(left to right) Tricia Lane-Forster and Lisa Starace performing live with Spastic Cracker in Lutherville-Timonium, Md. at Matt Bray's basement; June 1994; photo by Lee Versoza

(left to right) Tricia Lane-Forster and Lisa Starace performing in Lutherville-Timonium, Md. with Spastic Cracker at Matt Bray’s basement; June 1994; photo by Lee Versoza

Matt Bray, TGA show promoter/activist/musician:

I lived in Lutherville-Timonium — it was a very white, middle class suburb. It seemed wealthy to me when my family first moved there from New York in 1983, but as I grew up and saw other parts of Baltimore County, I realized there were much much wealthier parts around me. From my parents’ bedroom I could see a large old plantation house, and tucked in the woods on the same property there was an actual cabin-like home that had been occupied by slaves. I remember thinking this was very scary but also super interesting. Once when I was about 12 I trespassed onto the property and met a man who lived in that house who said that the house had belonged to his ancestors that had been slaves on that plantation…I felt that I was touching history very closely, and I was haunted by the thoughts of slavery right in the land where I was living – interested and haunted. I always felt that given the history, the resistance (in Baltimore County) would be great and the fact that the opposite was true was always puzzling to me. When I lived in Germany, most regular people were extremely anti-Nazi, anti-racist — not just the leftists and punks. That made sense to me, and I never understood how the white kids who could trace their ancestry to slave owners were not deeply involved in anti-racism…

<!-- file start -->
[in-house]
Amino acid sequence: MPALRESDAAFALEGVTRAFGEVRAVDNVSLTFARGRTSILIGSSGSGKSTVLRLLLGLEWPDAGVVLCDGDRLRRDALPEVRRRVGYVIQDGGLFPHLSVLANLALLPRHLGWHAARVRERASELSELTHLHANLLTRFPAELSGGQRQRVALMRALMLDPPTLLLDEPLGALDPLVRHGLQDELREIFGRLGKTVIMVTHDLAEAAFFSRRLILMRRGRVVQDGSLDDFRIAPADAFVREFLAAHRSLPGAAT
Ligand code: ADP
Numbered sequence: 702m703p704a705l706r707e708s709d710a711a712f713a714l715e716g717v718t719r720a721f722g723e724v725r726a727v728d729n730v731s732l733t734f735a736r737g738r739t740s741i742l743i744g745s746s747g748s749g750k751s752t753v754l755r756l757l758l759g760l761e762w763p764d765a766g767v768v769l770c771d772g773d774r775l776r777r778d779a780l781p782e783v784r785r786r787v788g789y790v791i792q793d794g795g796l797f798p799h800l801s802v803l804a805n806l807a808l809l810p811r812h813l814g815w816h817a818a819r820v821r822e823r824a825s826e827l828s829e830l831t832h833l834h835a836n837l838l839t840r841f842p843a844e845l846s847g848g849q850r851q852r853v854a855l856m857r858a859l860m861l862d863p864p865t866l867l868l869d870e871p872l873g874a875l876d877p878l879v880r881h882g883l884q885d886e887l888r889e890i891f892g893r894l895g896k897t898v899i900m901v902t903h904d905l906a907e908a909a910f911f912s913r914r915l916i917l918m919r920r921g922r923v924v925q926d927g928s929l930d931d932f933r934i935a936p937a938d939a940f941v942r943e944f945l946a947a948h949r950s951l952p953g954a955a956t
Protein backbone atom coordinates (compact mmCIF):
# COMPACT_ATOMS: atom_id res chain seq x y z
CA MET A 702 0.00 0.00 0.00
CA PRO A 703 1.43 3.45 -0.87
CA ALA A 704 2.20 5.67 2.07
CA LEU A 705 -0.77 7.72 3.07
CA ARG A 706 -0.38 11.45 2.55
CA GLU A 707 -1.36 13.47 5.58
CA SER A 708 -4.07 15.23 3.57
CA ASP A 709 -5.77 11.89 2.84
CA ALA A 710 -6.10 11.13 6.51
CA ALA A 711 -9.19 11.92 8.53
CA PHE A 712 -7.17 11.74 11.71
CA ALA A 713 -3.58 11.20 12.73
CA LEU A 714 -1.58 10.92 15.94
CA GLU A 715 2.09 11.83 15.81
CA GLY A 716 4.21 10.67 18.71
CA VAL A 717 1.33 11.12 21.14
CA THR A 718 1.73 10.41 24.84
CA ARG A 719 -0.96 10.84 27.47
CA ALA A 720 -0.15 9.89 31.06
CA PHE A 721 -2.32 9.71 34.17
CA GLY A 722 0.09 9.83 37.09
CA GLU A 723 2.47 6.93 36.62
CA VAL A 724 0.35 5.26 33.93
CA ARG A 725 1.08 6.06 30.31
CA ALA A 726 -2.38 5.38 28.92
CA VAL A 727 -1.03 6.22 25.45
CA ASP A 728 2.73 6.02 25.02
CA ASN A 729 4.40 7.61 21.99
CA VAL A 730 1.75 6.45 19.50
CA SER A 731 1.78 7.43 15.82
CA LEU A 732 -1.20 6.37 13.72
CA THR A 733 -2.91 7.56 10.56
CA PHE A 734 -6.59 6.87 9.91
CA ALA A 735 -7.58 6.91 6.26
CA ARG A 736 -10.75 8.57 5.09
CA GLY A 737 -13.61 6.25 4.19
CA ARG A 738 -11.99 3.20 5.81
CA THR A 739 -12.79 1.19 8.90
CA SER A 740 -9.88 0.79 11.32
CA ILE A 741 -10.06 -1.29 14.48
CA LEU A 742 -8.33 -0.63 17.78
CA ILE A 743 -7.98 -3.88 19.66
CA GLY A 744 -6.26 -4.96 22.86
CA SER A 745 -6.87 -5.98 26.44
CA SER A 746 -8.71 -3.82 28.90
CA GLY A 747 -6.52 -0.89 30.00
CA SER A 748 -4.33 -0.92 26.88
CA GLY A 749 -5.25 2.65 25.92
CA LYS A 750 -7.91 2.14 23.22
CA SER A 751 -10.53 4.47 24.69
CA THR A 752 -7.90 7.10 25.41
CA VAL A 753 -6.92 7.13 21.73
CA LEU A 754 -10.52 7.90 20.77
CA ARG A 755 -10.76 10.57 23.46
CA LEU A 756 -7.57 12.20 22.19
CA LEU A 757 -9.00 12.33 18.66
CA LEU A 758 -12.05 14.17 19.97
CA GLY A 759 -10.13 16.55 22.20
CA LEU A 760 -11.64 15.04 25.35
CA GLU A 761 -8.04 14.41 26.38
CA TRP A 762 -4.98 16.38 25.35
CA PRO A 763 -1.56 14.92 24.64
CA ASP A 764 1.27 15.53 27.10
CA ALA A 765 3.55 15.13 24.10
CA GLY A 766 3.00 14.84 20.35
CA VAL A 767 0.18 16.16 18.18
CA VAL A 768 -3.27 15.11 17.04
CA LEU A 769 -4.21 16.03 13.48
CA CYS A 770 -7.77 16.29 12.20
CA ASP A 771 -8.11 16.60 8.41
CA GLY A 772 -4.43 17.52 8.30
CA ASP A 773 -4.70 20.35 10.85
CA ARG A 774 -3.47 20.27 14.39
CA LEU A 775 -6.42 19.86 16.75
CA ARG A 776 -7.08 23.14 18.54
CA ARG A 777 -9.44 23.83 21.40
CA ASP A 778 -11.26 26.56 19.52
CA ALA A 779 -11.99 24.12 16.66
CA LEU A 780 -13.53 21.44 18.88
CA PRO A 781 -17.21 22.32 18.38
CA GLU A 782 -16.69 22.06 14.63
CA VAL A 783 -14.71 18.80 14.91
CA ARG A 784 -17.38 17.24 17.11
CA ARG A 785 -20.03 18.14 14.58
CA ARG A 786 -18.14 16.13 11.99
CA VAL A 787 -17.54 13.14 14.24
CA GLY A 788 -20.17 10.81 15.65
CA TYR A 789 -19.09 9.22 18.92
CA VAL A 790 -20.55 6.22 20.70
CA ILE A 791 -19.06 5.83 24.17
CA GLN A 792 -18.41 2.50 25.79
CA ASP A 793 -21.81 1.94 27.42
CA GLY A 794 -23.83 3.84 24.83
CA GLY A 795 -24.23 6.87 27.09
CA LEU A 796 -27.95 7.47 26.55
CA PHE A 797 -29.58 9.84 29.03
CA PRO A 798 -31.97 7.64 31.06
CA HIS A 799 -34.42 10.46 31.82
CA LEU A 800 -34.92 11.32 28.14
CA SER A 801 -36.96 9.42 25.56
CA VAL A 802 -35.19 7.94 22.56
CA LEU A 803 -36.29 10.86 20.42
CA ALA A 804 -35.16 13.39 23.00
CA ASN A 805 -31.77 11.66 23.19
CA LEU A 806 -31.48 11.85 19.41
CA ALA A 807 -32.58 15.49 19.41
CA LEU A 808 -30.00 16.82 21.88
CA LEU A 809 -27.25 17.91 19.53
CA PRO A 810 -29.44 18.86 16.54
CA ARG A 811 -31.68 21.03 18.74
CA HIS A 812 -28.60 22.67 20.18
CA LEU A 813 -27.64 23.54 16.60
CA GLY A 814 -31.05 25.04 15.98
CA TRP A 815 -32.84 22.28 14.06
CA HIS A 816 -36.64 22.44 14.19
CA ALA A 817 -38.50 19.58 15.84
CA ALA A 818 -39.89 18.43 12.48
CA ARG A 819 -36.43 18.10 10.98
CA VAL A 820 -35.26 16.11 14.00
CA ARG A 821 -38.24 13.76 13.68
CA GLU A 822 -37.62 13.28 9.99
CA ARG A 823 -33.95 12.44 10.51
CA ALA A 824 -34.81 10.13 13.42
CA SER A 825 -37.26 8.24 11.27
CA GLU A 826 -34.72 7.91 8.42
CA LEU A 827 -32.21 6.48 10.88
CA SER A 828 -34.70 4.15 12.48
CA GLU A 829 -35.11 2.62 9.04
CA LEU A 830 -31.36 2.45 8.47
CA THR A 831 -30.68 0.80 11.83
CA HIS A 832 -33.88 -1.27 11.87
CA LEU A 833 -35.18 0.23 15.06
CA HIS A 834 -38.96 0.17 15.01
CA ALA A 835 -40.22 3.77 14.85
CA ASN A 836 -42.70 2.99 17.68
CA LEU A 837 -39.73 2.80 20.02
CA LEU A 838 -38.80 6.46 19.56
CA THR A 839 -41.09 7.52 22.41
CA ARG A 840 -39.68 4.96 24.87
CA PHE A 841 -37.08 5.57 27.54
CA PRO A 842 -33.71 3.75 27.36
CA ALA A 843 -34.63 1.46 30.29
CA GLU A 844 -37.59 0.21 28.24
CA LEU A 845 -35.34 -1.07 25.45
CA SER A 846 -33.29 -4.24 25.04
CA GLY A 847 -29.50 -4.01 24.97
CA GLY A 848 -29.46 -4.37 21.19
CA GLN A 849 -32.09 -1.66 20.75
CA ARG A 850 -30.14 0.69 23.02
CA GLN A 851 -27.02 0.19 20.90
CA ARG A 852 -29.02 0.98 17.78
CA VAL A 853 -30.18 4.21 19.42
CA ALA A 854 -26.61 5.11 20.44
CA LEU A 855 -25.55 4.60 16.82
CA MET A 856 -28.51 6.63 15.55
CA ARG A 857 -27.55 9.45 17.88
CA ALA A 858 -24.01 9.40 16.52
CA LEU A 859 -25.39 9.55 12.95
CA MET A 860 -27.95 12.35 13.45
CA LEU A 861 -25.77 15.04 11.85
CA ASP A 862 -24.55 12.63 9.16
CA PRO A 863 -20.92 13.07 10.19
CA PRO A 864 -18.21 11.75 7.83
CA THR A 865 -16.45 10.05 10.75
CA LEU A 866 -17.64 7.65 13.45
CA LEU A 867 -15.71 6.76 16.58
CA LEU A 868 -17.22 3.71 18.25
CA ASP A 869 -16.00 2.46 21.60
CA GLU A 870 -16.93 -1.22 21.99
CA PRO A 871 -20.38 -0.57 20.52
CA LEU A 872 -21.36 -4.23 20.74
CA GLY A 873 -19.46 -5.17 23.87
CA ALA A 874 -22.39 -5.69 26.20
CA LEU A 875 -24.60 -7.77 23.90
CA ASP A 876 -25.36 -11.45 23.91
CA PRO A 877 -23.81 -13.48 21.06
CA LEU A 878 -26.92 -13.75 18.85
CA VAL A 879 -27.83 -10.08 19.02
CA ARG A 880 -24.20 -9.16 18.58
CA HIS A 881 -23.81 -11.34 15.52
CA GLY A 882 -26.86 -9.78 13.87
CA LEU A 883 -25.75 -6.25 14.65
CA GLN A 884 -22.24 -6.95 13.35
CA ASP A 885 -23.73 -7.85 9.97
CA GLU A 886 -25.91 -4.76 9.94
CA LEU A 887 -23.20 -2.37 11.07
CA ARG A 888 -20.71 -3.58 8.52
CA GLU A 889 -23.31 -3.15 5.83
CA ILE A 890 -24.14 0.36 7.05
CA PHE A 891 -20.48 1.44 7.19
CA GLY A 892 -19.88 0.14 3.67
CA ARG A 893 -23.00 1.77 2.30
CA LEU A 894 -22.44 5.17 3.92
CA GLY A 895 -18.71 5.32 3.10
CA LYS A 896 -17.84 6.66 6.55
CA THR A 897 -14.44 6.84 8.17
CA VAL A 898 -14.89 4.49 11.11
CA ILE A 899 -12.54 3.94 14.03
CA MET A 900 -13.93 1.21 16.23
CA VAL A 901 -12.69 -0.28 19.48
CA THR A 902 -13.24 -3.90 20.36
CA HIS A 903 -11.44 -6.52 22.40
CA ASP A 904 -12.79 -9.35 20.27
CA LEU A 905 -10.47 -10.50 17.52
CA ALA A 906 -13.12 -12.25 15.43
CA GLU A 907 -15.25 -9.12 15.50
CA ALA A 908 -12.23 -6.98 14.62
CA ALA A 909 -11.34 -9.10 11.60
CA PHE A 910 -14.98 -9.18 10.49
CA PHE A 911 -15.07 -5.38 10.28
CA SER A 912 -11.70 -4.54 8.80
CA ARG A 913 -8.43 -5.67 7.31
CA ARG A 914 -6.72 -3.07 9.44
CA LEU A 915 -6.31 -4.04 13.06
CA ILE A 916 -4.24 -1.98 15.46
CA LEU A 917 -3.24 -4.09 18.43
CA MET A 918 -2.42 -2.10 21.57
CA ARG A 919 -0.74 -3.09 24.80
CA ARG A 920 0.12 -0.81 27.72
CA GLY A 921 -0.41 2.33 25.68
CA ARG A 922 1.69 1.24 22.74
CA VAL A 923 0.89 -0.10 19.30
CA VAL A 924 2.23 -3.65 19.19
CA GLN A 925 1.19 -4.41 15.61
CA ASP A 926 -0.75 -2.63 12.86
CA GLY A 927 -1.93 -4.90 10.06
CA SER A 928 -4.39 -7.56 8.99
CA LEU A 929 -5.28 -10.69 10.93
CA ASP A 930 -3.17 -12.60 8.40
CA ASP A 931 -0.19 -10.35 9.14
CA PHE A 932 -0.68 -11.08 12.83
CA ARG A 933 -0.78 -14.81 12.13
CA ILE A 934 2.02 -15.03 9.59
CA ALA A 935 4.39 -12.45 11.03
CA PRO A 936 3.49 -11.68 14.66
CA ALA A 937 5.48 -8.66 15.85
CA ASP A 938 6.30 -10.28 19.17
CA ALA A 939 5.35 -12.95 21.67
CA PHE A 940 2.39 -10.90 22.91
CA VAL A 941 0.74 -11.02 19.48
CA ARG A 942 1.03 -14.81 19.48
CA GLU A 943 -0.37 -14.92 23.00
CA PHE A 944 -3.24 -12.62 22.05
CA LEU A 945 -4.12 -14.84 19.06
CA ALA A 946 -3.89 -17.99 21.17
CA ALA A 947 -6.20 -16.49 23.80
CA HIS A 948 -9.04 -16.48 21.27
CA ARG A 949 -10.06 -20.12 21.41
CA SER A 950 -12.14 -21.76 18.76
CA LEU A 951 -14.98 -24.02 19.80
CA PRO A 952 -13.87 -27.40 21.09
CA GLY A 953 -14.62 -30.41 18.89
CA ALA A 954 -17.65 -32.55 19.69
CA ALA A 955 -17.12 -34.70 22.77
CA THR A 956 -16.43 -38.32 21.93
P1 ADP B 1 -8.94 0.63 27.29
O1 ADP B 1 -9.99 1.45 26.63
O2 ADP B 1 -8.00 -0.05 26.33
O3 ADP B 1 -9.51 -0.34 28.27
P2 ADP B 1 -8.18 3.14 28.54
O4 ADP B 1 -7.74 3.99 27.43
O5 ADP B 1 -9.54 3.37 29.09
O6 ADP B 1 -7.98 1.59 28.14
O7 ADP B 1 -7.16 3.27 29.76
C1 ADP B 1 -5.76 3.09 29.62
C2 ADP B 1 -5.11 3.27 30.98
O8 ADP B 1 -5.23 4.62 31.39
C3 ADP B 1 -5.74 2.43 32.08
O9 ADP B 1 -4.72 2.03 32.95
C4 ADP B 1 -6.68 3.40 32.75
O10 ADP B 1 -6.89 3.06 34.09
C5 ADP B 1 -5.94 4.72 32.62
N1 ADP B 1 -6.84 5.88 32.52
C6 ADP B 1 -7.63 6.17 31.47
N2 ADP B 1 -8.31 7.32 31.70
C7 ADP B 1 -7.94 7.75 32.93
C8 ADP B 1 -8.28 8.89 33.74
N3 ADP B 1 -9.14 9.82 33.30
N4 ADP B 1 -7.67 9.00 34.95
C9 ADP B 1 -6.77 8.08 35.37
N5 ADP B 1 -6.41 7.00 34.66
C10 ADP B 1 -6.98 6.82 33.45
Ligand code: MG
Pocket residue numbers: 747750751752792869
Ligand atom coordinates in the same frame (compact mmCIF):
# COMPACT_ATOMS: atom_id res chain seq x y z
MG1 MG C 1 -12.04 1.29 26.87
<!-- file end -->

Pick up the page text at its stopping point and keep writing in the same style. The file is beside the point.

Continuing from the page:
…Dulaney*(High School)…was full of right wing Catholics and other anti-choice Christians — it was the hot button issue of the time…I clearly remember there were very few actively pro-choice students…

At Dulaney, it was pretty clear that most people were at best Democrats, but mostly right wing and Republican. I don’t think I ever thought it was just the jock gestapo – they were simply the police force of the racist society…when the Iraq war started and there were probably less than 10 kids in the whole school that wore black armbands [in protest of the war] one of them was (I think) the president of the senior class and one of the only black girls in the school… She was totally ostracized based on her brave act, and the rest of us wearing the armbands stopped wearing them the first day. I was threatened with expulsion and suspension the first day of the bombing because I refused to stand for the Pledge!